Mahanth S. Joishy is usindiamonitor
RRR directed by S.S. Rajamouli is two things at the same time. It is first of all an outstanding movie produced in India. And it is second of all, a worldwide blockbuster film phenomenon, worthy of a screening no matter where you live in the world and what your background is. At minimum on that second count, it deserves to be in the conversation as the biggest worldwide film phenomenon to emerge out of India in the nation’s entire rich film history.
This movie had the gargantuan budget, the special effects, the story, the acting chops and superstar power (refreshingly led by a SOUTH INDIAN duo NT Rama Rao Jr & Ram Charan), the cinematography, the meticulous period piece costuming, the stunning action sequences, and most importantly of all the raw guts. I went in expecting little from this movie, and was sincerely blown away from beginning to end. In fact, I was pleasantly shocked at how good this movie was, most unexpectedly of all how good the story was. Story writing is and always has been Bollywood’s biggest weakness. Yes, it also tugged on my heart strings (and I almost cried at two points) powerfully and this was even more unanticipated as I went into this movie available on Netflix knowing very little about it. And what little I knew about it, I suspected it might be another preachy Indian patriotic movie that wants to corral you into a thought-free pen of how to think about history. There’s too much of that going on in Indian media forms including fiction. But it was not that at all.
These combined attributes put RRR in elite company and the most rarefied of airs, indeed. Big win for Indian cinema and its future prospects! Other projects that come to mind are pure and timeless legend, such as the Academy Award-winning Gandhi released in 1982. But that movie was really an effort led by Americans and Brits that was filmed in India with mostly Indian actors. RRR is Bollywood at the root DNA level through and through, and much of that which is great about Bollywood without all the Bollywood downsides dragging it down too far. There is music and dance, but not too much. What a relief; it felt like just the right amount and that’s a lesson I wish more Bollywood directors would learn. The movie is too long by perhaps half an hour, but that is offset by the high quality of that extra screen time. There is overt patriotism, but it is complicated and nuanced enough to make it interesting. There are loathsome, cruel and outright criminal English characters played by some C-list white actors who over-acted quite dramatically, which I partly also blame on the directors. However, Bollywood doesn’t tend to get good white actors. Sorry, whoever you guys are who hammed it up. It was the most glaring weakness of the film, besides one other.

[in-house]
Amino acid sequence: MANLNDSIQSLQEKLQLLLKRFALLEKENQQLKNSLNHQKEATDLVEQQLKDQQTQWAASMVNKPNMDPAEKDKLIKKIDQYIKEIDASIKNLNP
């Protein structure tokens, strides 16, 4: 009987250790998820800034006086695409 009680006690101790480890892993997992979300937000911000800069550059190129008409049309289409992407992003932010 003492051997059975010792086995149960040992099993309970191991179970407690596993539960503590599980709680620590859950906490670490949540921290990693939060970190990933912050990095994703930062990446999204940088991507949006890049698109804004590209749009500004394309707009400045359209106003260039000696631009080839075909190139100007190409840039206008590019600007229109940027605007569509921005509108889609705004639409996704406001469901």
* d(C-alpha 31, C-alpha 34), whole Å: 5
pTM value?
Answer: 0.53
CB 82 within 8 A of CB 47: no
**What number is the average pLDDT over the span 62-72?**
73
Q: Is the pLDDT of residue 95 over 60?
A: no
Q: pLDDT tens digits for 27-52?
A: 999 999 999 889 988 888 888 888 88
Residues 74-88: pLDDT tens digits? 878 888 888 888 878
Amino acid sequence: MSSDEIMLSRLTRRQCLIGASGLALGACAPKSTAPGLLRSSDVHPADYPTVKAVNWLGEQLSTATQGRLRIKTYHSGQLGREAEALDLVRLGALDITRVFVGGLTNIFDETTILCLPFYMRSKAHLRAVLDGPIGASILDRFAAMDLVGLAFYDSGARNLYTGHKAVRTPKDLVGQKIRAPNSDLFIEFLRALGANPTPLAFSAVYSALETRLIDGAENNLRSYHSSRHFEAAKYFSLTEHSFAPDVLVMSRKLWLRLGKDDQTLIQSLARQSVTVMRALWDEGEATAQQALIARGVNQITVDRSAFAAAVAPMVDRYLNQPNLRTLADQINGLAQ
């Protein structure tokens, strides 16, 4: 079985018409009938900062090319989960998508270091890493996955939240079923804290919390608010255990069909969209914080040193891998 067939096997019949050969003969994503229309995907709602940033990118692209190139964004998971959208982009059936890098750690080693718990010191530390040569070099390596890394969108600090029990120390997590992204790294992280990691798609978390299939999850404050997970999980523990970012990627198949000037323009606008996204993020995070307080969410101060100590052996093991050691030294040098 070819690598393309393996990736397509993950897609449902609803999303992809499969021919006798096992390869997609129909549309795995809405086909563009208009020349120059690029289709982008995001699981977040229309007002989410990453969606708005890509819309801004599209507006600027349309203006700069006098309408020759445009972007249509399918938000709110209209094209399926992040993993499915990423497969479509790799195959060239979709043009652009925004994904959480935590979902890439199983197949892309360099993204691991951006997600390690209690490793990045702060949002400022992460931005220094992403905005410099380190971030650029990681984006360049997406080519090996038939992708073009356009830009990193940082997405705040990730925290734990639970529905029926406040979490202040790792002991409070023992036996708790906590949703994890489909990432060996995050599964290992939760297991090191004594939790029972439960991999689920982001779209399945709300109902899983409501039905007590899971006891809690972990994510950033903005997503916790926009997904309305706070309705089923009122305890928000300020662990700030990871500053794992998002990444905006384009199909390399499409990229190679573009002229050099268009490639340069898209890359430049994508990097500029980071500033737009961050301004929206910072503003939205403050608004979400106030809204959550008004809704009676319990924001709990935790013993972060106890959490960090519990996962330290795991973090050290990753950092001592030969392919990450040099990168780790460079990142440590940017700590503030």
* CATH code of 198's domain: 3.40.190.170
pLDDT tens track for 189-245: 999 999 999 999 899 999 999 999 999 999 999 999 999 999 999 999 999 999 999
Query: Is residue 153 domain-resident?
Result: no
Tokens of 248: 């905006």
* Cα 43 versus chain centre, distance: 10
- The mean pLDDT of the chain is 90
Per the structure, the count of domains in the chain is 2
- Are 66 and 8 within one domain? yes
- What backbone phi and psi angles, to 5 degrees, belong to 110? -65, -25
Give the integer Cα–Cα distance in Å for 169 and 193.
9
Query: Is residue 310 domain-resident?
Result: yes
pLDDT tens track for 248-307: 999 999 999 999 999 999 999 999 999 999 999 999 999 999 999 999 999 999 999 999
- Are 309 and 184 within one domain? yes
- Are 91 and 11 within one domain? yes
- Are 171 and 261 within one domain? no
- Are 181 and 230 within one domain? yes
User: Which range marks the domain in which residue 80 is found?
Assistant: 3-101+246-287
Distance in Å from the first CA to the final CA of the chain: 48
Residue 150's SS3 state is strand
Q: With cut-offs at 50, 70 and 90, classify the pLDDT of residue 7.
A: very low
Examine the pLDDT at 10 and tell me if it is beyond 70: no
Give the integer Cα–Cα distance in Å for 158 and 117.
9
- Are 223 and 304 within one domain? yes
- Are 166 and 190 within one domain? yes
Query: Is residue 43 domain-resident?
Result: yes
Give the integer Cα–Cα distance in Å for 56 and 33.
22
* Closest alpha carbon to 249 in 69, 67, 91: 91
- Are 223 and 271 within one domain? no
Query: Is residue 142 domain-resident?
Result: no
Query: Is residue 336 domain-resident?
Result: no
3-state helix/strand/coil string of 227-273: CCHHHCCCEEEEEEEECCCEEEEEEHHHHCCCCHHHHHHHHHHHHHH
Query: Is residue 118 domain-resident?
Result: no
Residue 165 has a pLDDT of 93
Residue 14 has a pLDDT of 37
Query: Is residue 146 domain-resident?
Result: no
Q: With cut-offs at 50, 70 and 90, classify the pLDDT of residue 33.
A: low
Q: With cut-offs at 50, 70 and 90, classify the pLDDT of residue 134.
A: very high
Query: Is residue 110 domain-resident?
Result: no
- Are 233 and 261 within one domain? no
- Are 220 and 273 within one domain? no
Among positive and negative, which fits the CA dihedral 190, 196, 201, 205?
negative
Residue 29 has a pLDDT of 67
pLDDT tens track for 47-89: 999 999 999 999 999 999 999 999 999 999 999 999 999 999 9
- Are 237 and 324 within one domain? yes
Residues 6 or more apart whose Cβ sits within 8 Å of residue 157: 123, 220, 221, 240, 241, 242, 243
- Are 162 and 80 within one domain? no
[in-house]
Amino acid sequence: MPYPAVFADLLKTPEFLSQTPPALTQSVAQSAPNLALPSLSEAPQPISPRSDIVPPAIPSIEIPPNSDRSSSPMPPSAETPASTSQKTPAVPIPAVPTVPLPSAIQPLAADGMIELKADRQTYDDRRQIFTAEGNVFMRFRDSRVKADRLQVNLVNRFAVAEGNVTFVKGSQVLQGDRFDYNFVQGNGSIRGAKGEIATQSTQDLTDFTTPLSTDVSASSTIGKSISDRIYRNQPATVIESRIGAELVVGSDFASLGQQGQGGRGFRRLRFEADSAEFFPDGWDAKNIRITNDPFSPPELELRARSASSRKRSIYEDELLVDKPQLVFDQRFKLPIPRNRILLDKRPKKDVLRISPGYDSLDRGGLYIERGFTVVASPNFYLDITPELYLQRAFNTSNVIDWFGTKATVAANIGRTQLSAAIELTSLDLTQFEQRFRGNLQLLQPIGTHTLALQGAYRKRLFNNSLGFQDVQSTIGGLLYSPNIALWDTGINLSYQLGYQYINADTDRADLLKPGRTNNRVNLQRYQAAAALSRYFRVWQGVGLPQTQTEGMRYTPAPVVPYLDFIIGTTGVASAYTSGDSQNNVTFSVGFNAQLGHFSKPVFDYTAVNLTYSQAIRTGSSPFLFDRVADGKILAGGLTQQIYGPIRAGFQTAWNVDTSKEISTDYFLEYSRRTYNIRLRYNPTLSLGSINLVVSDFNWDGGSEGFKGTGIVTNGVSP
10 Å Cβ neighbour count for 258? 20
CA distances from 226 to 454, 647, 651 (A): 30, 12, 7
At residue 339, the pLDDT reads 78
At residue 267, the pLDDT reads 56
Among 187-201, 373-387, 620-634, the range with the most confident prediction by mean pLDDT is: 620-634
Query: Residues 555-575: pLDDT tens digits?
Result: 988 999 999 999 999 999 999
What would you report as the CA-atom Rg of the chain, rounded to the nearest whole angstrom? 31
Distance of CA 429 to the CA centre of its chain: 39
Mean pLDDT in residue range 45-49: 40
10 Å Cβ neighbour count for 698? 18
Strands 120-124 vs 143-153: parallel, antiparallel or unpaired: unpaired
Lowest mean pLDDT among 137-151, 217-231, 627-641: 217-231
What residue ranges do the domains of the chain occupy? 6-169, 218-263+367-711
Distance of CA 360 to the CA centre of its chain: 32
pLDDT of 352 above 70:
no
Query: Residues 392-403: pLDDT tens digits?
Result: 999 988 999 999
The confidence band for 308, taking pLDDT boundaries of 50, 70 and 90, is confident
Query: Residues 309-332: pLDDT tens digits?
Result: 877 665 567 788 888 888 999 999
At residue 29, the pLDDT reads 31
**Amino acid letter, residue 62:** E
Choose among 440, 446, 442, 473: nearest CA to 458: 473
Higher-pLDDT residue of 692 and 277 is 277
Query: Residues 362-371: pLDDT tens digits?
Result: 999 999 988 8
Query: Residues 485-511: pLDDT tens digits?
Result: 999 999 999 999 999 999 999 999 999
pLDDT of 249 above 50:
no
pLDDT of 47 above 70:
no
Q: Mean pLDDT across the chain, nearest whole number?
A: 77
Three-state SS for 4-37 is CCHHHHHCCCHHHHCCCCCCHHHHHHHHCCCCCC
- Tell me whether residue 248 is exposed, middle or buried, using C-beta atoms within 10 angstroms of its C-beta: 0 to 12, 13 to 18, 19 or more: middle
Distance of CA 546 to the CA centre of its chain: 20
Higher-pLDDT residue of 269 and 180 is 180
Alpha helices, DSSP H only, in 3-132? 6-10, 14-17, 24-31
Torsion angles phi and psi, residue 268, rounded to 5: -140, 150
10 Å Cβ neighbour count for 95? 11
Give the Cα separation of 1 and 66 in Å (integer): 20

We were doing swimmingly well, shockingly well even, all the way till the end of the movie when the Hindu nationalism stuff emerged with a mighty roar- though it was no surprise. A roar that no doubt swelled the hearts of many Hindus around the world with pride and joy. My particular Hindu heart was cringing hard at this juncture. It simply was not necessary, even though it was aesthetically beautiful. I love patriotism. I love Hinduism. I very much dislike when the two get mixed into an awkward cocktail, however- and this is exactly where the film ended up a bit off the rails in my opinion, but not far enough off the rails to take away from the greatness of the overall phenomenon.
This cocktail I mention is very dangerous for India as an origin story for India’s present and also future- it even has the makings of a figurative Molotov cocktail, though not so much for outsiders. In fact, most non-Indian non-Hindus will not even catch all the Hindu references and parallels at the end, simply because they don’t know of them. But non-Hindu Indian minorities in particular will recognize the signals, and that’s not ideal (Americans: picture portraying that America was started by George Washington riding on a horse into battle against the British Redcoats with Jesus Christ behind him on the same horse, one arm around Washington’s torso, the other wielding a cross as a weapon- now you get my drift). I still argue it was unnecessary and gratuitous, as a believer that the separation of church and state should itself be sacred.
However, the overall positives of this film outweigh the negatives. I’ll bring up another positive in conclusion. I cannot think of a better “buddy movie” made in any language, period. None. This is the best one you’ll be able to find.
RRR is a microcosm of India in all its glory and all its unfulfilled potential. To me, that means there is opportunity on both counts. There are few films ever made in Indian history that deserve the billing of rising above the level of just another movie- into a legitimate phenomenon. I welcome you to judge for yourself. I plan to watch a second time myself.